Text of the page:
ArtIV.S4.1.1.1 Guarantee of a Republican Form of Government: Historical Background

Article IV, Section 4:

The United States shall guarantee to every State in this Union a Republican Form of Government, and shall protect each of them against Invasion; and on Application of the Legislature, or of the Executive (when the Legislature cannot be convened) against domestic Violence.

The first clause of this section, in somewhat different language, was contained in the Virginia Plan introduced in the Convention and was obviously attributable to Madison.1 Through the various permutations into its final form,2 the object of the clause seems clearly to have been more than an authorization for the Federal Government to protect states against foreign invasion or internal insurrection,3 a power seemingly already conferred in any case.4 No one can now resurrect the full meaning of the clause and intent which moved the Framers to adopt it, but with the exception of the reliance for a brief period during Reconstruction the authority contained within the confines of the clause has been largely unexplored.5

Footnotes

  1.  Jump to essay-1 Resd. that a Republican government . . . ought to be guaranteed by the United States to each state. 1 The Records of the Federal Convention of 1787, at 22 (Max Farrand ed., 1937). In a letter in April, 1787, to Randolph, who formally presented the Virginia Plan to the Convention, Madison had suggested that an article ought to be inserted expressly guaranteeing the tranquility of the states against internal as well as external danger. . . . Unless the Union be organized efficiently on republican principles innovations of a much more objectionable form may be obtruded. 2 Writings of James Madison 336 (G. Hunt ed., 1900). On the background of the clause, see W. Wiecek, The Guarantee Clause of the U.S. Constitution ch. 1 (1972).
  2.  Jump to essay-2Thus, on June 11, the language of the provision was on Madison's motion changed to: Resolved that a republican constitution and its existing laws ought to be guaranteed to each state by the United States. 1 The Records of the Federal Convention of 1787, at 193–94, 206 (Max Farrand ed., 1937). Then, on July 18, Gouverneur Morris objected to this language on the ground that [h]e should be very unwilling that such laws as exist in R. Island ought to be guaranteed to each State of the Union. 2 id. at 47. Madison then suggested language that the Constitutional authority of the States shall be guaranteed to them respectively against domestic as well as foreign violence, whereas Randolph wanted to add to this the language and that no State be at liberty to form any other than a Republican Govt. Wilson then moved, as a better expression of the idea, almost the present language of the section, which was adopted. Id. at 47–49.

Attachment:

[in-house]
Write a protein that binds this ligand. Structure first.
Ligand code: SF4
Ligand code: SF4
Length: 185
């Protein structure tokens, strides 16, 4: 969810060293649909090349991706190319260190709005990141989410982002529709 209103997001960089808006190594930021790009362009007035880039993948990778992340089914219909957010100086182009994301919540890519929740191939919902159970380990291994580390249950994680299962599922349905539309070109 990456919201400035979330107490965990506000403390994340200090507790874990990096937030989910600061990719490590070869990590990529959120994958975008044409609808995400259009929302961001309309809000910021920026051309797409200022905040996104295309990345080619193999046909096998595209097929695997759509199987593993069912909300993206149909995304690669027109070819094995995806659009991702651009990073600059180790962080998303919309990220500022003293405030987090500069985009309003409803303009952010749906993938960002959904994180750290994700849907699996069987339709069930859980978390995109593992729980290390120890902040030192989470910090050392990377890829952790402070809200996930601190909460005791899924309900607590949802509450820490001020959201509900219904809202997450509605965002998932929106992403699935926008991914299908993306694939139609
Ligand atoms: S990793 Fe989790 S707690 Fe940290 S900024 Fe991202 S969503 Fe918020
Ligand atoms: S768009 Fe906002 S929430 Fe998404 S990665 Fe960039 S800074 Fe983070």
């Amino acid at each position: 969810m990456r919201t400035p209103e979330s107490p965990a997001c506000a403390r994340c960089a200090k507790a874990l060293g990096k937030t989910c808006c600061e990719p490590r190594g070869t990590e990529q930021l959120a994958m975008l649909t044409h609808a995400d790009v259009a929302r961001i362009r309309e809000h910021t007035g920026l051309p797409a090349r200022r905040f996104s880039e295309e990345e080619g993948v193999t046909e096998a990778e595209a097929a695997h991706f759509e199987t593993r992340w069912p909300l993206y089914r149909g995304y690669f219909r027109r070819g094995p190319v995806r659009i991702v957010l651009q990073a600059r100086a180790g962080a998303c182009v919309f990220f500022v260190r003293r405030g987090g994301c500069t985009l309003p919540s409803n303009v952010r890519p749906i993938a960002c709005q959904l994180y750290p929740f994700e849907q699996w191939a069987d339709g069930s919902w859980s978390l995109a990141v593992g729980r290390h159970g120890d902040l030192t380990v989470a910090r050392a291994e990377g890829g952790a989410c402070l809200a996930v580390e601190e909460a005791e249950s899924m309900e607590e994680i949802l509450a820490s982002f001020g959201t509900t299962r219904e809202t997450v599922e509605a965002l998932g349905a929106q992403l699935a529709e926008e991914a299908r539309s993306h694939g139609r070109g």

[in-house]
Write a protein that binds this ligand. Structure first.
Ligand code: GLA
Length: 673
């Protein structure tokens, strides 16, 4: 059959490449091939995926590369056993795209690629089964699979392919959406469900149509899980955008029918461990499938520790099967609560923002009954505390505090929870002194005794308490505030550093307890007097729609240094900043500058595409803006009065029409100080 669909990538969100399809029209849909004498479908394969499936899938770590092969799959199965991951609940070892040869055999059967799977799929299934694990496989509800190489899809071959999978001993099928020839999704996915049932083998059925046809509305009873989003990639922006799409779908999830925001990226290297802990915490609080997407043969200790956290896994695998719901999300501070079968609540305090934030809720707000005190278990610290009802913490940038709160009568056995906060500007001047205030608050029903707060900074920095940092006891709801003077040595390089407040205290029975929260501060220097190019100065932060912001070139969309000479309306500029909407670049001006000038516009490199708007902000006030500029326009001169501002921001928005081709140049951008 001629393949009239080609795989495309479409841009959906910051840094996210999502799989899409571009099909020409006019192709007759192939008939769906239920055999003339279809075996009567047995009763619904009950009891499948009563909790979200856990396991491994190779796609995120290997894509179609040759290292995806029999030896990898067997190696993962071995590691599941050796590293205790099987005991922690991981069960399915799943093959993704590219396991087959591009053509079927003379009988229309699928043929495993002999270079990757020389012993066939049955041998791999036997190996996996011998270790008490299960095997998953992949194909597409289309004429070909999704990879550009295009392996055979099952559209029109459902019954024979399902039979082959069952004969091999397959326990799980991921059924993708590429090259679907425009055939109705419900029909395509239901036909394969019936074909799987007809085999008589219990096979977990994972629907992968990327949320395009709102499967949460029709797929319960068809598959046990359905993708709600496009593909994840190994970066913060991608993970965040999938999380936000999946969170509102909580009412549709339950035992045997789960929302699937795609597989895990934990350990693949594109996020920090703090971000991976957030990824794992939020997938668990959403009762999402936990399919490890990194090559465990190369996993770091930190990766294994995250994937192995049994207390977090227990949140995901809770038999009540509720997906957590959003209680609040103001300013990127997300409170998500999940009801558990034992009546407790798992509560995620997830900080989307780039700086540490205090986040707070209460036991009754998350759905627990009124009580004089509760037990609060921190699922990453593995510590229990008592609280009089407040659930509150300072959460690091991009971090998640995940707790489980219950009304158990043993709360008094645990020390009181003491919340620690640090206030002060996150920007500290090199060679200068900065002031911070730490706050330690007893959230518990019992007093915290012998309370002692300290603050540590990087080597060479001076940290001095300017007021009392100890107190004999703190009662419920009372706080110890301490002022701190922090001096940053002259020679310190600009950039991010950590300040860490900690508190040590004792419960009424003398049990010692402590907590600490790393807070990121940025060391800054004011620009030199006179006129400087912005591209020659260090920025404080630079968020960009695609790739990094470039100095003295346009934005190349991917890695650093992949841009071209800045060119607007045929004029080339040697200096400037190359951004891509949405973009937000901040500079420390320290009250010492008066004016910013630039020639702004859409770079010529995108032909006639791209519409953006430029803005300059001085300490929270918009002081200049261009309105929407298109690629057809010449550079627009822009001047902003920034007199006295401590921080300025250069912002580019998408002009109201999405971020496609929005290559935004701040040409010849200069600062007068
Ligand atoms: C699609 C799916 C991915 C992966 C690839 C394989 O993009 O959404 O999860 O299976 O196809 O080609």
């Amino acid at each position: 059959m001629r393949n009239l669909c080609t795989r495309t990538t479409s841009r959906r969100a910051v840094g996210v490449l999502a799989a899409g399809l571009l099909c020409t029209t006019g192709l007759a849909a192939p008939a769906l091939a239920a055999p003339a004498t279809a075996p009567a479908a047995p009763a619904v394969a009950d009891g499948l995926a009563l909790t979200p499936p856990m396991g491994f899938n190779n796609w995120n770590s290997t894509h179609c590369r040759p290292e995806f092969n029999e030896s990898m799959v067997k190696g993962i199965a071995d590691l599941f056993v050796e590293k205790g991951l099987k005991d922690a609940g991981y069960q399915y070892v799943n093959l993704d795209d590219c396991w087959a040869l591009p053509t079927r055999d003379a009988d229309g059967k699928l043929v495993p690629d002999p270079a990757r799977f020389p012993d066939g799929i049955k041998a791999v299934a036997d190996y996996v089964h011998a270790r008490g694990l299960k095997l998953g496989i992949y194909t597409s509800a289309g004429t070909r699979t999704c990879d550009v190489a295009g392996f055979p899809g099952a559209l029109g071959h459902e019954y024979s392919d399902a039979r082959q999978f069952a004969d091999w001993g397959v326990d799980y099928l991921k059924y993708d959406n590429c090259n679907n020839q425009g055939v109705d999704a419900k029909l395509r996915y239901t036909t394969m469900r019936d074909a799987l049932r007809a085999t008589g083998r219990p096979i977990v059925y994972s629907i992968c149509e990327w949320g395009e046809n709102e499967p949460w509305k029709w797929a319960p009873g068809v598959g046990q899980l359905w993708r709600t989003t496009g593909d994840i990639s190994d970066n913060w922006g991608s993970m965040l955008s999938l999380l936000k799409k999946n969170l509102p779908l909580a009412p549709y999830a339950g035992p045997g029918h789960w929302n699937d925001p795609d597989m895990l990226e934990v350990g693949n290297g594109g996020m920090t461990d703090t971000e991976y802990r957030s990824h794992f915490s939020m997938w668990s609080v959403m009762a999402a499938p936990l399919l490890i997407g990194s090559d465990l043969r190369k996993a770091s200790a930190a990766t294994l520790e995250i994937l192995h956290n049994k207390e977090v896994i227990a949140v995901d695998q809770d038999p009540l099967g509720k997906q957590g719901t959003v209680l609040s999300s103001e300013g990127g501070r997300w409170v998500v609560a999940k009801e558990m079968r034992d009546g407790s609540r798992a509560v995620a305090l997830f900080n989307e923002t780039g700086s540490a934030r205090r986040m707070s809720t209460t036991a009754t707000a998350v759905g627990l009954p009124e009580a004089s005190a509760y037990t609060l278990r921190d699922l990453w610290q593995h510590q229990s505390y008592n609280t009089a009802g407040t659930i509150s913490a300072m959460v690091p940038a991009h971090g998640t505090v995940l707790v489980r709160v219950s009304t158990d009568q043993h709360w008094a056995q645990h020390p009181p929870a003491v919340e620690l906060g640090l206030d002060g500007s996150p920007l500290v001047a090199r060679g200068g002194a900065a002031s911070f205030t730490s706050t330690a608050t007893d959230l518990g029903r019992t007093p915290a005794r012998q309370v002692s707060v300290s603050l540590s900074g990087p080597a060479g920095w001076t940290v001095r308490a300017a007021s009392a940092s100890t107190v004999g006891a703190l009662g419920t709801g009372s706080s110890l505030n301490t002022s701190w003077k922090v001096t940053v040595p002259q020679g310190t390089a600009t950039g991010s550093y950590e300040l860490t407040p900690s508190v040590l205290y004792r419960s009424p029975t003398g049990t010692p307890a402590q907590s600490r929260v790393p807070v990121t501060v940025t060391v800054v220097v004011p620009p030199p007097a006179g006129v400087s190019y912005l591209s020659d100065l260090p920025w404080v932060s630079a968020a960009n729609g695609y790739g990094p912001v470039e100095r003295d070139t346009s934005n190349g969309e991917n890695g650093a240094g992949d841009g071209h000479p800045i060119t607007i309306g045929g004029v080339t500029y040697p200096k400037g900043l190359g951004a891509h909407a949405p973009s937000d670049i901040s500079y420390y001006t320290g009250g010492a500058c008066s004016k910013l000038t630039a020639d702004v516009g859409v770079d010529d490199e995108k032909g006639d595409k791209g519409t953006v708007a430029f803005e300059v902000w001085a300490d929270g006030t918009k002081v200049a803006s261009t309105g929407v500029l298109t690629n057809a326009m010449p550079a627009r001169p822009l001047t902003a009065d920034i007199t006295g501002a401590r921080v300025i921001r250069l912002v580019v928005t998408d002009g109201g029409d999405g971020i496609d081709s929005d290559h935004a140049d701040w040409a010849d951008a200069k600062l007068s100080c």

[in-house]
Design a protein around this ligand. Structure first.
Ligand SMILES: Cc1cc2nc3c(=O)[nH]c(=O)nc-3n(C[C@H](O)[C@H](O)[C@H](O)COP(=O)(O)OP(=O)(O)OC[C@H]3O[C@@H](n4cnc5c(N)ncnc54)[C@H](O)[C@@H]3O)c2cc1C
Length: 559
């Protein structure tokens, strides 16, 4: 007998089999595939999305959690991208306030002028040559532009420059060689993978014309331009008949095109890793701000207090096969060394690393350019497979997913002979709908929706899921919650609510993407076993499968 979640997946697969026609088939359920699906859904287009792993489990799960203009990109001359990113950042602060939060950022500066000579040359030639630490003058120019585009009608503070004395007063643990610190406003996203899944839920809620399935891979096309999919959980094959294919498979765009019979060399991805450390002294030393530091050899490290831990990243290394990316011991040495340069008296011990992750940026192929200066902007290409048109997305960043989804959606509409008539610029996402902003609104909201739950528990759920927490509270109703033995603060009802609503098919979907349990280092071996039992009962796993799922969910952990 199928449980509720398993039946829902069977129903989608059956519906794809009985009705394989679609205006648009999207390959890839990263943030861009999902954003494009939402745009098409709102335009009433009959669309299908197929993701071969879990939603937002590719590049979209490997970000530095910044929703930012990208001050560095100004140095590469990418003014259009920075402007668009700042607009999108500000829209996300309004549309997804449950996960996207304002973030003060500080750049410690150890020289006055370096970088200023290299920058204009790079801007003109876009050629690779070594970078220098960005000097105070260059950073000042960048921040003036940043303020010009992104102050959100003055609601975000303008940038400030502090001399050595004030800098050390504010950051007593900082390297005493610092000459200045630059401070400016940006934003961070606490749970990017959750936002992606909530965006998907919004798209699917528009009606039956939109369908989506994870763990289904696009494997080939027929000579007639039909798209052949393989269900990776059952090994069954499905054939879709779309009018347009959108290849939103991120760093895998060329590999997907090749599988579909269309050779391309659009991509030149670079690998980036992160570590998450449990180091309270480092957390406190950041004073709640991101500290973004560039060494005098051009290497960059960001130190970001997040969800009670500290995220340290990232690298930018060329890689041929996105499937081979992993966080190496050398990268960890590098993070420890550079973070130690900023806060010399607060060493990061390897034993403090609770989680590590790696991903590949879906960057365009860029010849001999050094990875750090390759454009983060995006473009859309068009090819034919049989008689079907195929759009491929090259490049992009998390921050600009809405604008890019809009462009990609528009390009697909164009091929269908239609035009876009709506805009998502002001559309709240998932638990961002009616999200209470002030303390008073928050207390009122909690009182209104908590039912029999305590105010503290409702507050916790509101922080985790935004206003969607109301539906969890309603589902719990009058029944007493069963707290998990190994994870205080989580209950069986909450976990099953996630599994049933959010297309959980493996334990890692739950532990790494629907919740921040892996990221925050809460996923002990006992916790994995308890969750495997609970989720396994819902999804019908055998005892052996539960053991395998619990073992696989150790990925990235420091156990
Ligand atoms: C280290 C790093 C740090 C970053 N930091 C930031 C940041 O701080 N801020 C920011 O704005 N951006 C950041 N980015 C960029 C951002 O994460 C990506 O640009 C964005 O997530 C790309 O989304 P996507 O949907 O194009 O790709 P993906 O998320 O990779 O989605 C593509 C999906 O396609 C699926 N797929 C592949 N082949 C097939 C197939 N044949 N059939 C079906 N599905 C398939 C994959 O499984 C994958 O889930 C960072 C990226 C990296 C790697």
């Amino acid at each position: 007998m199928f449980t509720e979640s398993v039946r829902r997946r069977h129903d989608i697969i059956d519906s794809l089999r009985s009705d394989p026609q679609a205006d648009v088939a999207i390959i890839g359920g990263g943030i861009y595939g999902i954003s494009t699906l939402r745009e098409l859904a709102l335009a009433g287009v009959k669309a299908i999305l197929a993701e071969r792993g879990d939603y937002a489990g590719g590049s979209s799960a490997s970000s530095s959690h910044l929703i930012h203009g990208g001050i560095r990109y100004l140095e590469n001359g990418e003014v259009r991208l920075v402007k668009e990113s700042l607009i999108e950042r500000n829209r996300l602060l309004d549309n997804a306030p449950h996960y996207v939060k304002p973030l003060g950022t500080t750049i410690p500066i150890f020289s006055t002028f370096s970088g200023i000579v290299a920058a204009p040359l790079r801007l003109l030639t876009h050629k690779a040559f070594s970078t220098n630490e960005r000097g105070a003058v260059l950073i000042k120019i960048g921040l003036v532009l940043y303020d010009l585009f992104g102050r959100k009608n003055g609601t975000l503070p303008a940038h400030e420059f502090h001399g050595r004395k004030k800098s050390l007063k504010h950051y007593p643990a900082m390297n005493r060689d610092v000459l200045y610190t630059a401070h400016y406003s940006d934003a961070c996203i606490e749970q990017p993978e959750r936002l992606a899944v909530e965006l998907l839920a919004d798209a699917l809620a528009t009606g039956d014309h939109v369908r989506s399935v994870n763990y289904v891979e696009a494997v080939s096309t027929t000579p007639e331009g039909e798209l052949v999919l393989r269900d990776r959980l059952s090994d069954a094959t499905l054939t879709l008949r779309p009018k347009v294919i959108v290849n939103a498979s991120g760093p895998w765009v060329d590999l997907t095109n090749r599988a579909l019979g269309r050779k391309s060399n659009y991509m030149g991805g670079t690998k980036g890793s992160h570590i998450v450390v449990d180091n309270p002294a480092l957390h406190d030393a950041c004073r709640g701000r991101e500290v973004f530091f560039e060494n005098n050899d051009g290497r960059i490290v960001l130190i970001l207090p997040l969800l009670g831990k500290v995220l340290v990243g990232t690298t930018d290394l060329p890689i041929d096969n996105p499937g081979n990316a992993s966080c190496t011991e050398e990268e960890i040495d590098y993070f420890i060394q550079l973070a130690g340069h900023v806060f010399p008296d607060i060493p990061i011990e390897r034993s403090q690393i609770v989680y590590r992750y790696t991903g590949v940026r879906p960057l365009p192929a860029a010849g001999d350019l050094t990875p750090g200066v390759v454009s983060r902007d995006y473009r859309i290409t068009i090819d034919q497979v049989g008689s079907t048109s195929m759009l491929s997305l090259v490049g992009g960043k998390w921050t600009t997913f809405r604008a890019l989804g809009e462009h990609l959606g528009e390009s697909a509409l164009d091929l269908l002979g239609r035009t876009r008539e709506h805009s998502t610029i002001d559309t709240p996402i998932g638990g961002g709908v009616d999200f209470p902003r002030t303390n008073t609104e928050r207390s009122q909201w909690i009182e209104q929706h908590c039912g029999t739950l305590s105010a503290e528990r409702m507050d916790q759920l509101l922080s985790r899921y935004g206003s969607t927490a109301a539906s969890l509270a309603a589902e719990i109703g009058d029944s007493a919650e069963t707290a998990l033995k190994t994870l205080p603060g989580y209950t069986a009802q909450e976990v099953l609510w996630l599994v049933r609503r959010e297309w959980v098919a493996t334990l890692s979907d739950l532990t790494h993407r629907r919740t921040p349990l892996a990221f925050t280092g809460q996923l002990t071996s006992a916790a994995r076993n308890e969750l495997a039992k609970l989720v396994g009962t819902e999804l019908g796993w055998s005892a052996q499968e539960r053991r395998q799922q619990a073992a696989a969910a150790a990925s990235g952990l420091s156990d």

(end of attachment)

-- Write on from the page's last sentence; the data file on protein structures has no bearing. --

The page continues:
3.  Jump to essay-3Thus, Randolph on June 11, supporting Madison’s version pending then, said that a republican government must be the basis of our national union; and no state in it ought to have it in their power to change its government into a monarchy. 1 id. at 206. Again, on July 18, when Wilson and Mason indicated their understanding that the object of the proposal was merely to protect states against violence, Randolph asserted: The Resoln. has 2 Objects. 1. to secure Republican government. 2. to suppress domestic commotions. He urged the necessity of both these provisions. 2 id. at 47. Following speakers alluded to the dangers of monarchy being created peacefully as necessitating the provision. Id. at 48. See W. Wiecek, The Guarantee Clause of the U.S. Constitution ch. 2 (1972).
  4.  Jump to essay-4 See Article I, § 8, cl. 15.
  5.  Jump to essay-5 See generally W. Wiecek, The Guarantee Clause of the U.S. Constitution (1972).